Posted today on DorothyL:

Date: Tue, 8 May 2007 20:19:03 -0400
From: “William G. Tapply”
Subject: sad news

I am sorry to have to report that my dear friend Philip R. Craig died
today after a short illness. Phil wrote the Martha’s Vineyard series
of mysteries featuring J. W. Jackson, and he and I collaborated on
three novels with J.W. and my Brady Coyne, the third of which, Third
Strike, will be out next November.

Bill Tapply

   A short autobiography of Mr. Craig can be found at It will be for his books that he will be remembered by his readers, however. And from his books it was easy to understand what kind of person the author was. In their own way, in some imprecise fashion, of course, they are also the core of his biography.

   Like clockwork, every year from 1989 to the present except one, another excursion to Martha’s Vineyard and another case for former Boston cop J. W. “Jeff” Jackson and his wife Zee (nee Madieras), whom he married early in the series.

   After falling in love with the island, Jackson settled down to a life of fishing and occasional private investigation, often bringing him and Zee into considerable personal danger.

Vineyard Poison

   Here’s an excerpt taken from A Case of Vineyard Poison:

   It all started with a bluefish blitz at Metcalf’s Hole on South Beach. It was early summer and the bluefish were everywhere. After hitting the yard sales, Zee and I had taken a lunch out to Pocha Pond, on a beautiful, sunny Saturday morning. I had unfolded the old bedspread I use for a beach blanket, and while Zee lay on it in the lee of the tall rushes that grow there and read, I waded out for some chowder quahogs. For some reason, Pocha Pond doesn’t seem to have any small quahogs, only big ones. How they make the jump from teeny seed to chowder size with no intervening steps is a mystery to me, although the Great Quahog God probably understands it perfectly. After I had my small basket full, I waded back to shore, and ogled Zee, who looked splendid in her wee bikini.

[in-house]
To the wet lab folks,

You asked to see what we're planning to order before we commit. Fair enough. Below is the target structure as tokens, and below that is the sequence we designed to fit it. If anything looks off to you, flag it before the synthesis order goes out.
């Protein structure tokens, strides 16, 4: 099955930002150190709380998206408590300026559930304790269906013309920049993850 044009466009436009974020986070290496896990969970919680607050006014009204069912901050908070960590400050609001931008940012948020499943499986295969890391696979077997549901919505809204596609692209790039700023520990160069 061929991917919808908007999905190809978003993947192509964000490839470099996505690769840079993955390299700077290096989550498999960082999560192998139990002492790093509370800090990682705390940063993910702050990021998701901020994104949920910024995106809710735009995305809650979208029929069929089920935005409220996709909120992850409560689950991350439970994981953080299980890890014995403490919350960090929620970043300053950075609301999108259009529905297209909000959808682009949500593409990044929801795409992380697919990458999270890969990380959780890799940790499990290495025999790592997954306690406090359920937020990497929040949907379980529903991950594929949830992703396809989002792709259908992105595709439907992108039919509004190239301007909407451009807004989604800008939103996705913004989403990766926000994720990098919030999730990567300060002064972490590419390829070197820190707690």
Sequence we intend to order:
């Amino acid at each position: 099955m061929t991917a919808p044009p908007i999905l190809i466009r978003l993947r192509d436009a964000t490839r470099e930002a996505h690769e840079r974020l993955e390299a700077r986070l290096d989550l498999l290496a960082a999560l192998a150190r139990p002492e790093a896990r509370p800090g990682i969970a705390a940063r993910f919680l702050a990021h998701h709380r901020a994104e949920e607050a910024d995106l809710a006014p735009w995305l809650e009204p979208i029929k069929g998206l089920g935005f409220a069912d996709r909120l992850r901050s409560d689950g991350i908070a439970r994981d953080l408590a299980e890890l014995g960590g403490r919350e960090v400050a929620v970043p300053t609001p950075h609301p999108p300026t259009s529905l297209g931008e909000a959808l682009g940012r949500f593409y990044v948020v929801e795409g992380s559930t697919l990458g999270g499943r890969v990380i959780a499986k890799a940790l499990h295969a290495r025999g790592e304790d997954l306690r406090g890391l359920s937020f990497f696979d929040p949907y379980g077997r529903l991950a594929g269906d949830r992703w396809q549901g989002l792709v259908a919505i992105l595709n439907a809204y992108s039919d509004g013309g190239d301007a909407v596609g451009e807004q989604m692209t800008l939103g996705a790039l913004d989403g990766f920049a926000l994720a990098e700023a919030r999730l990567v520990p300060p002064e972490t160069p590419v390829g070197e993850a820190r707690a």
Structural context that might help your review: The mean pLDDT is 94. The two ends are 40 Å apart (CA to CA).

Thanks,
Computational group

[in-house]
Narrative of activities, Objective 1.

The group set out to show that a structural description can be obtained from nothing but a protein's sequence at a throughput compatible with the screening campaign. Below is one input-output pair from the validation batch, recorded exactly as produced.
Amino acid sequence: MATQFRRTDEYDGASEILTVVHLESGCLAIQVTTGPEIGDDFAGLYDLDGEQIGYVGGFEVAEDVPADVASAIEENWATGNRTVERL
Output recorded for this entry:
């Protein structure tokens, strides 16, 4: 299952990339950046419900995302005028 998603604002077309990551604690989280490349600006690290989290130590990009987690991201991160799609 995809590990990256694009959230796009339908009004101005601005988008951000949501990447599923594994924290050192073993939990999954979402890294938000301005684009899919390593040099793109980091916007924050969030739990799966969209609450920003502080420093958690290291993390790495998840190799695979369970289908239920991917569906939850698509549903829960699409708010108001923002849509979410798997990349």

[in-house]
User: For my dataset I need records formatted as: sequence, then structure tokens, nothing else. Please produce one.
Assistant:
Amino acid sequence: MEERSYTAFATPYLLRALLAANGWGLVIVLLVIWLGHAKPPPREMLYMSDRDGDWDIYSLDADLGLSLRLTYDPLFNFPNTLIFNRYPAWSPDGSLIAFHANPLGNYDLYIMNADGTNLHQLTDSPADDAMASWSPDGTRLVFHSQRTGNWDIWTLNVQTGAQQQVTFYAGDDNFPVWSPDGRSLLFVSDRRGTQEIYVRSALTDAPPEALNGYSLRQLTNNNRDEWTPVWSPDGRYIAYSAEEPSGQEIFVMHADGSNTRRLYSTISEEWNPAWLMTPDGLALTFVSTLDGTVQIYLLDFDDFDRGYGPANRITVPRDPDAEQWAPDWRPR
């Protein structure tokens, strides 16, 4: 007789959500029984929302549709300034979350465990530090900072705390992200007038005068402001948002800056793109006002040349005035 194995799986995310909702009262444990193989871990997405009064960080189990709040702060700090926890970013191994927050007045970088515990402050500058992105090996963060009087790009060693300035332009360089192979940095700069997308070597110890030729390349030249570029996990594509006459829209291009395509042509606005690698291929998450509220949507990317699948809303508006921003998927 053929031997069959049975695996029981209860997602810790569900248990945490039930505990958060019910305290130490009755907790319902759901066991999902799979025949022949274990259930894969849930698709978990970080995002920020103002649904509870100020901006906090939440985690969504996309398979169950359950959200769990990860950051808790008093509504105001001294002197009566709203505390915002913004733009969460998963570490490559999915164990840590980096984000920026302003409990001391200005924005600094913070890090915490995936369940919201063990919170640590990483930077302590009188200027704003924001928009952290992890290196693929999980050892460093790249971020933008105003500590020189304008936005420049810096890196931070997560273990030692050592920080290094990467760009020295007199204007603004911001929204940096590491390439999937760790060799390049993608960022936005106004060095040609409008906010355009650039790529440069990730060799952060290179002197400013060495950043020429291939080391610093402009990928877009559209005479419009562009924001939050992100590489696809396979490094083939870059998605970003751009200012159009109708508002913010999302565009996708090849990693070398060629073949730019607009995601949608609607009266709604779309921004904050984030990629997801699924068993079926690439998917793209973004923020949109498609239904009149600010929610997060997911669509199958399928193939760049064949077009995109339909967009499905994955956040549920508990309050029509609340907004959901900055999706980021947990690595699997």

“Nice bod,” I said.

   Zee lifted her eyes. “By next month, you’ll be a married man, so you’re going to have to learn to stop drooling over single women.”

    “Next month is July. This is still June, and you’re still single, so don’t rush me.”

    “Come here,” she said. “I want to explain something to you.”

   I went to her.

    “Lean down.”

   I leaned down. She tossed her book, and pulled me down on top of her.

    “Help, help,” I whispered. “I’m being assaulted.”

    I was wet and cool, and she was warm and dry. Pretty soon we were both warm and wet.

    “There,” said Zee. “Let that be a lesson to you.”

Vineyard Beach

   Another excerpt, this one taken from Death on a Vineyard Beach:

   Zee and I got married at noon on July 13, a date artfully chosen by me in the hope that since it was my birthday, one of the four dates I usually remembered — the Others being New Year’s Day, Christmas, and the Fourth of July — I had a fighting chance of recollecting my anniversary in the future.

   It was a beautiful Martha’s Vineyard day, with a warm sun in a cloudless sky, and a gentle north wind to keep things comfortable for all of us who had abandoned our summer shorts and had dressed up for the occasion. There were people with regular cameras and video cameras moving around shooting pictures. Apparently we were going to get the whole thing on record.

Vineyard Holiday

   In this excerpt from A Deadly Vineyard Holiday, J. W. has just met a young girl on the beach: